Covid-19 – What borrowers and CFOs should watch out for
The outbreak of Covid-19 is having a large impact on the global economy. With the introduction of unprecedented disease control measures, businesses and supply chains around the world are finding themselves under an ever-increasing amount of stress. The financial markets around the world are volatile and the lack of visibility on how long this situation will be on-going puts stress on liquidity and financing needs. To deal with this, companies are likely to turn to their existing bank relations and loan agreements to safeguard already drawn loans from prepayments and to explore the possibilities of increasing credit. However, the negative impacts on business due to the global pandemic will at the same time result in borrowers finding it challenging to comply with the terms of their loan agreements. Borrowers wishing to keep their loan financings in place should carefully review certain key provisions in their loan agreements which may be triggered as a result of an economic downturn and adversely affect access to debt and liquidity.
We will in this newsletter discuss some of the key terms and conditions set out in a loan agreement, based on the LMA (Loan Market Association) standard terms and conditions, which borrowers carefully should review to secure continued access to loan financing.
Key provisions to watch
There are several clauses in loan agreements that protect lenders´ position, limit their exposure to loans utilised and potentially require early prepayment and enforcement of security. Further, there are provisions that, if not complied with, prevent borrowers from making additional drawings under loan agreements.
Often based on borrowers’ “base case models” financial covenants facilitate for lenders to monitor the business and they also function as early warnings in case of breaches. Financial covenants vary on a case-by-case basis and include defined accounting terms and ratios such as interest cover ratio, net debt cover and loan to value ratio that must be complied with during the life of the agreement. Changes to net income, decreased value of underlying assets and other financial metrics can result in defaults or require prepayments and impede the chances of drawing new loans. Borrowers having maintenance covenants need to report their compliance (or non-compliance) with such financial covenants on a regular basis and are hence under constant supervision by their banks, whilst borrowers with covenant light or incurrence-based covenants may have more room to manoeuvre.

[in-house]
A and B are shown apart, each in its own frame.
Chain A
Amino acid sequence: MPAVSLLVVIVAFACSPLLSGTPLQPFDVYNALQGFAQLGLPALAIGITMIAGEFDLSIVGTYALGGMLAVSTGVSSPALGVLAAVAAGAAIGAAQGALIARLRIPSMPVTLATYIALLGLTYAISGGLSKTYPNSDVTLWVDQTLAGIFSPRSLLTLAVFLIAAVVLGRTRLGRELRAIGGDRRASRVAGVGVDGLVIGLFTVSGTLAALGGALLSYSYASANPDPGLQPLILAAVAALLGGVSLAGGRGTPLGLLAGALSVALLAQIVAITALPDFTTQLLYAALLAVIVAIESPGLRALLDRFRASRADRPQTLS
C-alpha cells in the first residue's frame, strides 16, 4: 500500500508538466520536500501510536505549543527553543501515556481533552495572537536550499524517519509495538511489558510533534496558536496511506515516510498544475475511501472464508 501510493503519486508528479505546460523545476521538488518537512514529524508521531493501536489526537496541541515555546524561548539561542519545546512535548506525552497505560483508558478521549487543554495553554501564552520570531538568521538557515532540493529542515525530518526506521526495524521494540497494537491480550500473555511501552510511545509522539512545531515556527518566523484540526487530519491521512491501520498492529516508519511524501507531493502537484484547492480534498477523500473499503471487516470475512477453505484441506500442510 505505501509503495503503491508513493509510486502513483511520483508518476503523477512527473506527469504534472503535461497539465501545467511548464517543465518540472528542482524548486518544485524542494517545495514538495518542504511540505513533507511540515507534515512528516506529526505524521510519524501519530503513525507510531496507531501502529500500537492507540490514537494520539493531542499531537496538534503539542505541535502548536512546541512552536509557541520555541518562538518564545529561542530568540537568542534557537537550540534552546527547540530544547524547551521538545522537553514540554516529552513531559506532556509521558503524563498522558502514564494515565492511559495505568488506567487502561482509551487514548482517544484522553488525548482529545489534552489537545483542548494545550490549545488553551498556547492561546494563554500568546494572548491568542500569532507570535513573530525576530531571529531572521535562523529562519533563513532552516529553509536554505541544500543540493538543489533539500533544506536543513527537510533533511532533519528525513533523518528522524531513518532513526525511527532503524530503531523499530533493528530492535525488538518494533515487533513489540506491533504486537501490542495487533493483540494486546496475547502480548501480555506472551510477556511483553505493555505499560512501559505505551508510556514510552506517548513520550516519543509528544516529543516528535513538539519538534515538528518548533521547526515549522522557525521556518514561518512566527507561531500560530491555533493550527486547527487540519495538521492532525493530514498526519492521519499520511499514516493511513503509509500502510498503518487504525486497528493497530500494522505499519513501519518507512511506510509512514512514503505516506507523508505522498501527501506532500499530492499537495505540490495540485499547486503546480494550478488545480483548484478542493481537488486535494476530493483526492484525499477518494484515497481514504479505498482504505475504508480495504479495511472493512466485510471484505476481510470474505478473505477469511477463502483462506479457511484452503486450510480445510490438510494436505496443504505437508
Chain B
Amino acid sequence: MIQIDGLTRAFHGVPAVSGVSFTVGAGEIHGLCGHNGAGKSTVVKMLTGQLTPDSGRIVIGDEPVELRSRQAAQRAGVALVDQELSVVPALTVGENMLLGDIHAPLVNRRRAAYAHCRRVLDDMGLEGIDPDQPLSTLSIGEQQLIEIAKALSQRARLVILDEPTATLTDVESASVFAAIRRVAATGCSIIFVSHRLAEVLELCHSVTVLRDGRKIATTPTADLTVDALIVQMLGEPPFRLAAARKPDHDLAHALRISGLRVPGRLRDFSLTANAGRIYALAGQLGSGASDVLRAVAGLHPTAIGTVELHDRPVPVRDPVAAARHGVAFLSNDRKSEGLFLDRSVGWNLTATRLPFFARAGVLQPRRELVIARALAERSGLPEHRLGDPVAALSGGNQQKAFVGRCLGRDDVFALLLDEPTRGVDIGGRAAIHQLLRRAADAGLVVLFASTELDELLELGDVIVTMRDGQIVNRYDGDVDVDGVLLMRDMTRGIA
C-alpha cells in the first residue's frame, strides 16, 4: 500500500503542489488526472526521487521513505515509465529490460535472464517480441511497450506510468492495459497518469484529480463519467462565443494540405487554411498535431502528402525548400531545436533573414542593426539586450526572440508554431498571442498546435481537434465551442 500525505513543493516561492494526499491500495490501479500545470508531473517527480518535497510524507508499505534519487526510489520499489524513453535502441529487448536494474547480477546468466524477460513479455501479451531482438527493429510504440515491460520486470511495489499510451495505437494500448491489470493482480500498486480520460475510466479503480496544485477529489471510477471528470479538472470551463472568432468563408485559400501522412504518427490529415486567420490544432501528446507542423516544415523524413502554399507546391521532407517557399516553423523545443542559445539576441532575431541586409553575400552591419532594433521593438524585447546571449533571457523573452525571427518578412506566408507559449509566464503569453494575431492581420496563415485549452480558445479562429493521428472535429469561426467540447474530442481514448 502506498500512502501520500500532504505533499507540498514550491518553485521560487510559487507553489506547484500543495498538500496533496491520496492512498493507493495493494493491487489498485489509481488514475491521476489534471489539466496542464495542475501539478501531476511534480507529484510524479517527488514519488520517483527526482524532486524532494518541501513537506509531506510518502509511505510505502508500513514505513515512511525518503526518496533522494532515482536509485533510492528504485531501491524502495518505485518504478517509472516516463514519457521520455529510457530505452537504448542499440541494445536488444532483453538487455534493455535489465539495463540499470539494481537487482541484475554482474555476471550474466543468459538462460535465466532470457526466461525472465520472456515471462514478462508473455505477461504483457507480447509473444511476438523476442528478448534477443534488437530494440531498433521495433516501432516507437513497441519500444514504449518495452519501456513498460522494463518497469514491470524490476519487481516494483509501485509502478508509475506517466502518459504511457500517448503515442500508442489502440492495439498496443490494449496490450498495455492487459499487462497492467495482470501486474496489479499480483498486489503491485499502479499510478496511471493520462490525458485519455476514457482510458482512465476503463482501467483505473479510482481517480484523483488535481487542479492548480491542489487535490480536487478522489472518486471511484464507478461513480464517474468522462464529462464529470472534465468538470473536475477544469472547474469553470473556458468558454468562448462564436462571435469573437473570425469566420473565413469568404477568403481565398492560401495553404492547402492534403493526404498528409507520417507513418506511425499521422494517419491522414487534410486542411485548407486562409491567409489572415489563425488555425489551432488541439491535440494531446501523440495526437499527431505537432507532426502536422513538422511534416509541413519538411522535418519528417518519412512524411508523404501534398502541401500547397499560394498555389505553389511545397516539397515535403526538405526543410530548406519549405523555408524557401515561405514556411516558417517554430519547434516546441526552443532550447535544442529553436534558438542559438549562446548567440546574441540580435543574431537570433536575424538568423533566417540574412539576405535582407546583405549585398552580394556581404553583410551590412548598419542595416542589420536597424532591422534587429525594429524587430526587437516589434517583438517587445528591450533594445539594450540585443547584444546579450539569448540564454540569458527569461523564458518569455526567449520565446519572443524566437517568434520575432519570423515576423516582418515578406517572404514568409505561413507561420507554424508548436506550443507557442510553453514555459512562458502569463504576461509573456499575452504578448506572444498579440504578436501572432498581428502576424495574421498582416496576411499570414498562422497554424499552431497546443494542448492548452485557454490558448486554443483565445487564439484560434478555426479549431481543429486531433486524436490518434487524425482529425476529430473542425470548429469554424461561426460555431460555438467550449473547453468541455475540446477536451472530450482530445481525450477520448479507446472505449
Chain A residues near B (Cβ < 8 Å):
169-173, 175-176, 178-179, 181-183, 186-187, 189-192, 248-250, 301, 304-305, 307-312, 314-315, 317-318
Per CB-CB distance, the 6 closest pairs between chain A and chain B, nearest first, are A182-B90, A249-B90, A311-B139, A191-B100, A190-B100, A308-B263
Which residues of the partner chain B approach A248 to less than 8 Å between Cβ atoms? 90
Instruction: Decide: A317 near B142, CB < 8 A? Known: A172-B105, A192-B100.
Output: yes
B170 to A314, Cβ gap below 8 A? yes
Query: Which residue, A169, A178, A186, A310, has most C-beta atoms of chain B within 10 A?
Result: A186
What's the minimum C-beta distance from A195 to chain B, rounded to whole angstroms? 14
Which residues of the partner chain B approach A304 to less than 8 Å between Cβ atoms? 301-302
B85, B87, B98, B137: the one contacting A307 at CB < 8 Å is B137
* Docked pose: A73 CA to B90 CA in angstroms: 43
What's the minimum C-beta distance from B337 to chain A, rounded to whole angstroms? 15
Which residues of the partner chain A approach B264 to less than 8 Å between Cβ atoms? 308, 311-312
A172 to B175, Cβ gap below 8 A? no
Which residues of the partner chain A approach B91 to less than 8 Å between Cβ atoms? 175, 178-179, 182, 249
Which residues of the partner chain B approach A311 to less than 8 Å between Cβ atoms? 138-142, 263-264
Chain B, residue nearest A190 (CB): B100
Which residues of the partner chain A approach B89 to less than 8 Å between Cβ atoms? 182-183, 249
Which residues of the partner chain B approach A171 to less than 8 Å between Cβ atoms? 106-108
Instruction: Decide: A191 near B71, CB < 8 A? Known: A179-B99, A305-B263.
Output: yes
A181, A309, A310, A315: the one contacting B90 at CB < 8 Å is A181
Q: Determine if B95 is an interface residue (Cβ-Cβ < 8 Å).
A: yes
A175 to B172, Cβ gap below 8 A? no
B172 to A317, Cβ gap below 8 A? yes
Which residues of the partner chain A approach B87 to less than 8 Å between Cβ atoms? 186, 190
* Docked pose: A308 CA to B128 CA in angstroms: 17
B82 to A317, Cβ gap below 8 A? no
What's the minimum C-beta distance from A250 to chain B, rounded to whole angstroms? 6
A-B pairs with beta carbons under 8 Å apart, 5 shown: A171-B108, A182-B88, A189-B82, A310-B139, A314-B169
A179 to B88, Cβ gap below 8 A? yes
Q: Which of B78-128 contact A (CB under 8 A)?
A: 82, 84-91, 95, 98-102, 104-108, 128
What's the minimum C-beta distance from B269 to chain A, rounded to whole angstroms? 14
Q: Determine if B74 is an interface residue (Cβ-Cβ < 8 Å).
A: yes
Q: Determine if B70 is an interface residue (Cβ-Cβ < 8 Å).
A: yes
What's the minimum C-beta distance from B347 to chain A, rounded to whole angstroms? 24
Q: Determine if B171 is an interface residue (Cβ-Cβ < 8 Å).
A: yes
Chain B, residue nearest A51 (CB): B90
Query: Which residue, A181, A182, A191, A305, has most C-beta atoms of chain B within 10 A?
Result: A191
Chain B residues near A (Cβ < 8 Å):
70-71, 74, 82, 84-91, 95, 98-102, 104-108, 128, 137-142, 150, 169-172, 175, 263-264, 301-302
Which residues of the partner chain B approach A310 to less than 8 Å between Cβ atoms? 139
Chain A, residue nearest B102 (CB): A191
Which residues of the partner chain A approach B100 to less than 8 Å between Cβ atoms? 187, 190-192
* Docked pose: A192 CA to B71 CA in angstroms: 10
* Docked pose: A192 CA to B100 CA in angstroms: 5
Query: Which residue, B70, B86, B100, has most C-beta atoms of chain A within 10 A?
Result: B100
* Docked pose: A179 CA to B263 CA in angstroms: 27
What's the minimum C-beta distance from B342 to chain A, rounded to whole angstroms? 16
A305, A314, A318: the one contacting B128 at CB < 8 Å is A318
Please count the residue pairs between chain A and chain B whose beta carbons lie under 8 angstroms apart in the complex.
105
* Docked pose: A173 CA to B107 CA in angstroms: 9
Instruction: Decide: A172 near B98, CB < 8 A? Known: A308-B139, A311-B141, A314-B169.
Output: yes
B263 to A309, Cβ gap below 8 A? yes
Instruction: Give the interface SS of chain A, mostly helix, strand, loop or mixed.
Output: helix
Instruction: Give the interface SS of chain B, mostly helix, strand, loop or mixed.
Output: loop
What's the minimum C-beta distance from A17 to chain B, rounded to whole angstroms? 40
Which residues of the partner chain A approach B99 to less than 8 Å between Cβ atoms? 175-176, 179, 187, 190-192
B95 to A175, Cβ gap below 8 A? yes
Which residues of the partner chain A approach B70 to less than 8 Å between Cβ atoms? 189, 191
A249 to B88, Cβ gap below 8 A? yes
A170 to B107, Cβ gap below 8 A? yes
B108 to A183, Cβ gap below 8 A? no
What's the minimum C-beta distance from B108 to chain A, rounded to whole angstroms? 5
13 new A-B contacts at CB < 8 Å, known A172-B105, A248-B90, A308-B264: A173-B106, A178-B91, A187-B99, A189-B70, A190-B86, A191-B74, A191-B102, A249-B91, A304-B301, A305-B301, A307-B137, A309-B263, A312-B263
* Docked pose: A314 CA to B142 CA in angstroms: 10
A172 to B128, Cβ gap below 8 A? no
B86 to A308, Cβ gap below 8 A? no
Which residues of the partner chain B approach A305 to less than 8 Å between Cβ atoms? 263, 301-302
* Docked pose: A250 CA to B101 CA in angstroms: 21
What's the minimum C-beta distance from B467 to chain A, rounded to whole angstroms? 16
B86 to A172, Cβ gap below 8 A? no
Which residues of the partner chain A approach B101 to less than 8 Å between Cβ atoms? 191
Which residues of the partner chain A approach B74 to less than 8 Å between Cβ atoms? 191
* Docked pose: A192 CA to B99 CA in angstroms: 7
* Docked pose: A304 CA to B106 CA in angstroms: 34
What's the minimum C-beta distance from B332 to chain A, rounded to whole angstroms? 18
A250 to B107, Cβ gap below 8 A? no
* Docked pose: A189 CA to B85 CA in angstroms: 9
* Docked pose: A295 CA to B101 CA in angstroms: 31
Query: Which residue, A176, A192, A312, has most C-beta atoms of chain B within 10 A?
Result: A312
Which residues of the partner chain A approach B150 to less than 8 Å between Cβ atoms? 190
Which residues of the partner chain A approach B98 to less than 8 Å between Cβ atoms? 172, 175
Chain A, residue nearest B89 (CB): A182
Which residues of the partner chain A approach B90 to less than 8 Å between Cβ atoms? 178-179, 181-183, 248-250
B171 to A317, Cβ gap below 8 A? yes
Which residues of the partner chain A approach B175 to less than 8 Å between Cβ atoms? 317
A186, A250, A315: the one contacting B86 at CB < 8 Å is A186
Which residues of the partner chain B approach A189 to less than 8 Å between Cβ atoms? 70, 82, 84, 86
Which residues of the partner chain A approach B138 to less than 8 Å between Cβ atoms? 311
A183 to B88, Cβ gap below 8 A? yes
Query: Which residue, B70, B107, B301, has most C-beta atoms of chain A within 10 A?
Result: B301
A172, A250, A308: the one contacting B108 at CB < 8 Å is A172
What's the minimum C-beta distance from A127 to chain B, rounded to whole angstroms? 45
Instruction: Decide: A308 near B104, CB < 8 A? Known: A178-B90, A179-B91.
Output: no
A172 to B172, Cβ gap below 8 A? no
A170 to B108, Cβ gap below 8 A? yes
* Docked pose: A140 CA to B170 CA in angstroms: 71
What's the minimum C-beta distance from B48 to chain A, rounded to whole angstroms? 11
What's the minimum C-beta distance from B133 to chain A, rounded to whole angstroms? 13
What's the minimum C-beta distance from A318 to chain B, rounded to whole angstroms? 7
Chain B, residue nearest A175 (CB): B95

An additional effect of worsened financial performance is a potential increased margin for borrowers with loan agreements containing margin ratchets.
Information requirements under a loan agreement may include financial reports and information, notification of a default, any changes to borrowers’ credit ratings, matters relating to any litigation or other changes which are expected to have a material adverse effect (see below). Borrowers should review any obligations to provide notices to lenders and the relevant deadlines since failure to provide such notices result in defaults. Also, lenders may have additional rights to request certain information from borrowers.
Material Adverse Effect
Virtually all loan agreements contain a material adverse effect (or material adverse change) representation and warranty. Such clause requires borrowers to certify that no circumstances having a material adverse effect on its business, assets, financial position or its ability to perform the payment obligations towards the lenders has occurred since a certain date. Complying with a material adverse effect representation may be difficult for borrowers experiencing a temporary but significant change in its financial position. Qualifying words such as “likely to have”, “might” or “will” are important to study since they impact the applicability of a material adverse effect provision.